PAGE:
11 August 2020.
Today, CLD is releasing its fifth and final regional report in its series on the law and policy environment for civic space globally, covering seventeen countries in Sub-Saharan Africa. It highlights legal restrictions which pose more serious risks to the ability of civil society to operate freely in each country, with the goal of providing a guide for where reform is needed.
This series represents the public launch of law and policy reviews commissioned by Transparency International last year covering five regions: Asia Pacific, Europe and Central Asia, Latin America, Middle East and North Africa, and Sub-Saharan Africa. The earlier reports in the series are available online: Asia Pacific, Europe and Central Asia, Latin America and Middle East and North Africa.
The report identifies the following general trends across the region:
- Regulatory regimes for non-governmental organisations are typically overly complex or unclear, and many include burdensome reporting requirements or grant broad discretion to authorities to refuse to register or dissolve organisations.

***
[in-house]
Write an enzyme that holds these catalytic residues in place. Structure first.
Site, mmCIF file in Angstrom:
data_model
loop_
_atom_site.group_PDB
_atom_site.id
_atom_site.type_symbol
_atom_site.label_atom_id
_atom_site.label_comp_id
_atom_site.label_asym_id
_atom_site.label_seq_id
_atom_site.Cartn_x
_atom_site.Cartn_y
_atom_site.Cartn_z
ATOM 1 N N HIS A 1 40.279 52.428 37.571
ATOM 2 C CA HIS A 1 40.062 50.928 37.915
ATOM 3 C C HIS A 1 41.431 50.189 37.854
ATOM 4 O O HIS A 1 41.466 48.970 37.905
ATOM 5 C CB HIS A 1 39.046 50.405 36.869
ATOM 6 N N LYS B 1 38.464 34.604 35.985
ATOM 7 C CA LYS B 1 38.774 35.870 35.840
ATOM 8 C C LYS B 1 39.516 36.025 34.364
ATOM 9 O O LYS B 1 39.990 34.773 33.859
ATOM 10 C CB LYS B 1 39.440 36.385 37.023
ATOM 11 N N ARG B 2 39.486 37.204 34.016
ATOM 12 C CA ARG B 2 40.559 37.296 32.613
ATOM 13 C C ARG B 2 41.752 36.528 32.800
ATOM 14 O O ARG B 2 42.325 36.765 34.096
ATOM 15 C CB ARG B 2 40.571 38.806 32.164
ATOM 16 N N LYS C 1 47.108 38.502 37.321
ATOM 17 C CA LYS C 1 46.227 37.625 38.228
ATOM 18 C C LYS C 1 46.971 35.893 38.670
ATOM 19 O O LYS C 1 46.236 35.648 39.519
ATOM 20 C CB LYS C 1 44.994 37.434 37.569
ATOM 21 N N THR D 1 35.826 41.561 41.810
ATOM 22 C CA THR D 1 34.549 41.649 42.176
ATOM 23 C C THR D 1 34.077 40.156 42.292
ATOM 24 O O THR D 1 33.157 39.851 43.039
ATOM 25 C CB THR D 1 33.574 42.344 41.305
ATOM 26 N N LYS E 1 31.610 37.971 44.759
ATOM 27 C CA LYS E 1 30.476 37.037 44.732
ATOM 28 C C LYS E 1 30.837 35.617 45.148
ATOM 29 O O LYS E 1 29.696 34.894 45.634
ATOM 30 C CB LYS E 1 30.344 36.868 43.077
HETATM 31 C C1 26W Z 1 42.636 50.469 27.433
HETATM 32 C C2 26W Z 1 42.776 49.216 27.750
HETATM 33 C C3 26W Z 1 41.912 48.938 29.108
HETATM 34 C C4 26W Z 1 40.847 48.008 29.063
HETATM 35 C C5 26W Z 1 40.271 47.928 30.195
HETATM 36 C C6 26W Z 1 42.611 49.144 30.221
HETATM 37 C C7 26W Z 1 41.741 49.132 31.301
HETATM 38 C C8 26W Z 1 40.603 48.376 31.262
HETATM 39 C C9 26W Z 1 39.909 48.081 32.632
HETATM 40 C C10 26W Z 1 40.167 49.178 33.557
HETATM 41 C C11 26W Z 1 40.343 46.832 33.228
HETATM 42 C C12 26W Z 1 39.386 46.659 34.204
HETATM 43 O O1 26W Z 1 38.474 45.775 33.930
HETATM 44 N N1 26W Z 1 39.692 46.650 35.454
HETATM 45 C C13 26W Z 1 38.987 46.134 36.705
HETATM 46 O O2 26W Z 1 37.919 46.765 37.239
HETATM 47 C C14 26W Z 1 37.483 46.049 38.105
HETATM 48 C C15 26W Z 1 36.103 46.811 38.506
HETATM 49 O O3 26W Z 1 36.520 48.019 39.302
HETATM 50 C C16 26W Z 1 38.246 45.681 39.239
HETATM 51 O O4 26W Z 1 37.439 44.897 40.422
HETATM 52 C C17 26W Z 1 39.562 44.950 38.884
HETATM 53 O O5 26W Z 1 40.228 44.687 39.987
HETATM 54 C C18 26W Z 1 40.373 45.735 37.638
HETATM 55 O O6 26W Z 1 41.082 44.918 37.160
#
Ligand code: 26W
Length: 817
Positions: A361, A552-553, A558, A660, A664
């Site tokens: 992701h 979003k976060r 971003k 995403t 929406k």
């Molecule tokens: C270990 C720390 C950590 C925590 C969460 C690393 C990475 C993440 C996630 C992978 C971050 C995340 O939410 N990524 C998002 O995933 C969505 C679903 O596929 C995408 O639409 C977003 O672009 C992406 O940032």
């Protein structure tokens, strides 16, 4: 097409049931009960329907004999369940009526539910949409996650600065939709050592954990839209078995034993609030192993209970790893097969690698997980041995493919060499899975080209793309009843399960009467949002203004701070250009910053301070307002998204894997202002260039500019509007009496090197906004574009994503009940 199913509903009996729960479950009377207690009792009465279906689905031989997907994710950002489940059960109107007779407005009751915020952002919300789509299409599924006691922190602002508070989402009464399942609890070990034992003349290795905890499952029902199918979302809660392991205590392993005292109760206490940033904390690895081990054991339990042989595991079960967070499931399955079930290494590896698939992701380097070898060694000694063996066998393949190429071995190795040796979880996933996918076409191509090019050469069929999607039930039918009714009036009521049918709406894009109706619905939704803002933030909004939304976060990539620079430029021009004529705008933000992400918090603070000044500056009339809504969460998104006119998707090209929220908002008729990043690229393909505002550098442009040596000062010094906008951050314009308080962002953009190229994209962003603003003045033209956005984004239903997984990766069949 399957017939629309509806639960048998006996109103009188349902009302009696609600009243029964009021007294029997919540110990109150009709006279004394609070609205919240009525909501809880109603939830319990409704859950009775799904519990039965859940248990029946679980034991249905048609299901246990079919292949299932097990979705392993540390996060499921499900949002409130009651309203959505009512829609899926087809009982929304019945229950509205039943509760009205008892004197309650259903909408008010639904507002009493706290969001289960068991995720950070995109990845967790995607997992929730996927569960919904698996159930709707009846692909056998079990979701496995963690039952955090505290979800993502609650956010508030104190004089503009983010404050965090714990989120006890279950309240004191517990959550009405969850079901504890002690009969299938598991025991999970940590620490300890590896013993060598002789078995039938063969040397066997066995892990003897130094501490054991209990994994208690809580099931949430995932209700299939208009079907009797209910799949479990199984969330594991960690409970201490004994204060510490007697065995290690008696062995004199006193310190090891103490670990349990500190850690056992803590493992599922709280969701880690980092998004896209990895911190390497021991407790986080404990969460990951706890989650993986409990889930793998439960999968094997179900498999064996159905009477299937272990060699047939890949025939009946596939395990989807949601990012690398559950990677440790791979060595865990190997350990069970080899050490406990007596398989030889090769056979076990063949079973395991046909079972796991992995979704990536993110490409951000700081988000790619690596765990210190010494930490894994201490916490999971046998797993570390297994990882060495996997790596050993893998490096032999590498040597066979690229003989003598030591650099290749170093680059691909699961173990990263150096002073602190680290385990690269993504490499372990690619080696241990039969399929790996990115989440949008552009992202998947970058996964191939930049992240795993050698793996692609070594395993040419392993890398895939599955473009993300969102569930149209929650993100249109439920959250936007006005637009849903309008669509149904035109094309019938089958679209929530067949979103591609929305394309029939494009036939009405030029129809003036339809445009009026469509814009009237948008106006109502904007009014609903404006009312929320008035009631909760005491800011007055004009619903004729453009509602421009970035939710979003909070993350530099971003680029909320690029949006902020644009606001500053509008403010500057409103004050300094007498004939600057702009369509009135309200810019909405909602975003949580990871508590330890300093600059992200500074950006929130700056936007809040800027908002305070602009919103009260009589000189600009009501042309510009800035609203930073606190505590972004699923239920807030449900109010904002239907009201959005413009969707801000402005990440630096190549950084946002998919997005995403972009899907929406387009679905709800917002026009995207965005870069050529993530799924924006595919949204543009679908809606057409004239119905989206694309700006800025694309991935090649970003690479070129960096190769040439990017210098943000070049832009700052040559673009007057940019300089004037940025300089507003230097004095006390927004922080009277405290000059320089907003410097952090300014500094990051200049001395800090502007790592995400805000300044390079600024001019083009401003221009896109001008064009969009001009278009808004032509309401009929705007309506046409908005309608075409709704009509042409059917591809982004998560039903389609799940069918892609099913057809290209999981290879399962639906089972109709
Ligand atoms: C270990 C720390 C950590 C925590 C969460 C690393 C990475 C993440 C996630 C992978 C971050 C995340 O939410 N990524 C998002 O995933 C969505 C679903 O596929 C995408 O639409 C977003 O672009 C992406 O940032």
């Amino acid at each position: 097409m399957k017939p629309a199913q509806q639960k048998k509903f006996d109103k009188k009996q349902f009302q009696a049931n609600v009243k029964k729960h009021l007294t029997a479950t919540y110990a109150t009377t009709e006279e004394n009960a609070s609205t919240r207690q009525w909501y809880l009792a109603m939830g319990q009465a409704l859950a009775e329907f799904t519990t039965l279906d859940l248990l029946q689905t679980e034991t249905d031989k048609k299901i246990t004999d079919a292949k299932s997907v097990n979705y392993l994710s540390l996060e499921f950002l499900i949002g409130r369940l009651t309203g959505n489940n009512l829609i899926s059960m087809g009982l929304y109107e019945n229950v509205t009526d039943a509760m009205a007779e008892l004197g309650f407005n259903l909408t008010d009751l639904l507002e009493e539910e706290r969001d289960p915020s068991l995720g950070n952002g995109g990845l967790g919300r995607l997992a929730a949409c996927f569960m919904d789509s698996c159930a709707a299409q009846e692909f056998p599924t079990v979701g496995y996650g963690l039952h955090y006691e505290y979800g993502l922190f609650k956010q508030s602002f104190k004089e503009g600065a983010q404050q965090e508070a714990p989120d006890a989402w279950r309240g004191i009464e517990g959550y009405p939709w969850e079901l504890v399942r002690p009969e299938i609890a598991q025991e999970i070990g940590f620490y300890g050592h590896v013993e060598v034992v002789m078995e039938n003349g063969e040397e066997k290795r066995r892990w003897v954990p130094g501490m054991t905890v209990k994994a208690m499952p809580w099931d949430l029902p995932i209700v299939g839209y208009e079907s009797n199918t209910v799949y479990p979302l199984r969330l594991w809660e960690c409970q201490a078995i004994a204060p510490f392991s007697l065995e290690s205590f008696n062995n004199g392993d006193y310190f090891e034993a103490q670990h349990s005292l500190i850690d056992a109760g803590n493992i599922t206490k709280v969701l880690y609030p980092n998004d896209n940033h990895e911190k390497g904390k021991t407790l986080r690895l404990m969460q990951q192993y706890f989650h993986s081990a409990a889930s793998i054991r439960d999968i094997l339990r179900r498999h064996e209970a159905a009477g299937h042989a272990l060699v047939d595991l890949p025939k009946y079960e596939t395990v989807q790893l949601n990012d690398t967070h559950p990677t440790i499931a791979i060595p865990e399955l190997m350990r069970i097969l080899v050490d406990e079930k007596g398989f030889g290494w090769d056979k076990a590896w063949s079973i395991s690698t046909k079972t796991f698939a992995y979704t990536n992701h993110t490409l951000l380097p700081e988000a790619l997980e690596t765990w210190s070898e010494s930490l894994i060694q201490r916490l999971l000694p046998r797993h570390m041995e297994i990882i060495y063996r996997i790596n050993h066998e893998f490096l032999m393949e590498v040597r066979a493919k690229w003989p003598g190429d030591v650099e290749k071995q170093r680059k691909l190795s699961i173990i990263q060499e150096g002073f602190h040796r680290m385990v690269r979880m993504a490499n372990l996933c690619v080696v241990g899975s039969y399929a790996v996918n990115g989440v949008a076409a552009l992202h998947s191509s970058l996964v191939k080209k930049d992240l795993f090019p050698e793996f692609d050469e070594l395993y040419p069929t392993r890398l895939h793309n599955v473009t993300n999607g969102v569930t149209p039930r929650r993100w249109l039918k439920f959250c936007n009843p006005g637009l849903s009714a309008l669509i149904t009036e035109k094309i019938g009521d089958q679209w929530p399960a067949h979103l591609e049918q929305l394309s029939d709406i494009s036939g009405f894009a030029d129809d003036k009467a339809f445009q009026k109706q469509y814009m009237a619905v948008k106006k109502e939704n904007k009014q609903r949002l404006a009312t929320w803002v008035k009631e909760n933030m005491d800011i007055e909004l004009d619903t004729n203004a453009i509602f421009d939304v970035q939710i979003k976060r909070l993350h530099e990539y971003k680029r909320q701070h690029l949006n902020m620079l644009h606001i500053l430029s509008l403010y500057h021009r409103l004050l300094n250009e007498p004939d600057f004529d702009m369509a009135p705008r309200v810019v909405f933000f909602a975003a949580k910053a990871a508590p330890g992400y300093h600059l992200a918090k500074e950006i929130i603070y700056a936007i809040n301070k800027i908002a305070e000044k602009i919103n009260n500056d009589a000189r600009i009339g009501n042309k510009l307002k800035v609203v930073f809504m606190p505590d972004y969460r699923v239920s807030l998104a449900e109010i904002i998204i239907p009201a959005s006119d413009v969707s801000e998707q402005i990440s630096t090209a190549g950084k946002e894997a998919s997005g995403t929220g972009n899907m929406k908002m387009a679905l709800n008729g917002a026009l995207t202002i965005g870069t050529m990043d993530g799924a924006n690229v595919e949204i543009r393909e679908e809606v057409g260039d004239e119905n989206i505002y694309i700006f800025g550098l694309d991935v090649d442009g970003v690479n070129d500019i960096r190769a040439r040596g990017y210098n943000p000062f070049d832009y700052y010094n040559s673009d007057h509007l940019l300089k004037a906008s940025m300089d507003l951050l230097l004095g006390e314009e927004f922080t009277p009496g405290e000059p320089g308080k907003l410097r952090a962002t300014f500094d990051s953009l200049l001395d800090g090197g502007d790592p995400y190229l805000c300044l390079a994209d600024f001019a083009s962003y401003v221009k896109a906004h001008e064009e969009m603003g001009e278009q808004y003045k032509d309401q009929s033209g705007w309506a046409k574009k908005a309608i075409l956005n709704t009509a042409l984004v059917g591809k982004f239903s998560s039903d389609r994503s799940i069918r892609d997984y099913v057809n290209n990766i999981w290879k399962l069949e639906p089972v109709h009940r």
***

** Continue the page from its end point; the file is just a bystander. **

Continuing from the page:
- Despite a welcome trend of decriminalising defamation, criminal reputation offences remain in many countries, along with other problematical content restrictions (such as on sharing false information).
- Cyber laws introduce new restrictions on speech, including some instances of effectively re-criminalising online defamation. Government authorities have improperly broad authority to block the Internet or specific websites.
- Media regulators are not independent, despite having significant regulatory powers.
- Some countries require prior authorisation before organisers may hold demonstrations and some even require notice of any public meeting.
- Limited oversight of security institutions, combined with expansive definitions of seditious or terrorist acts, pose a risk to peaceful civil society activities.
- Whistleblower protection laws in the region are rare, while five countries also lack right to information laws.
The Sub-Saharan Africa regional report is available at: Sub-Saharan Africa Report.
For further information, please contact:
Centre for Law and Democracy
+1 782 234 4471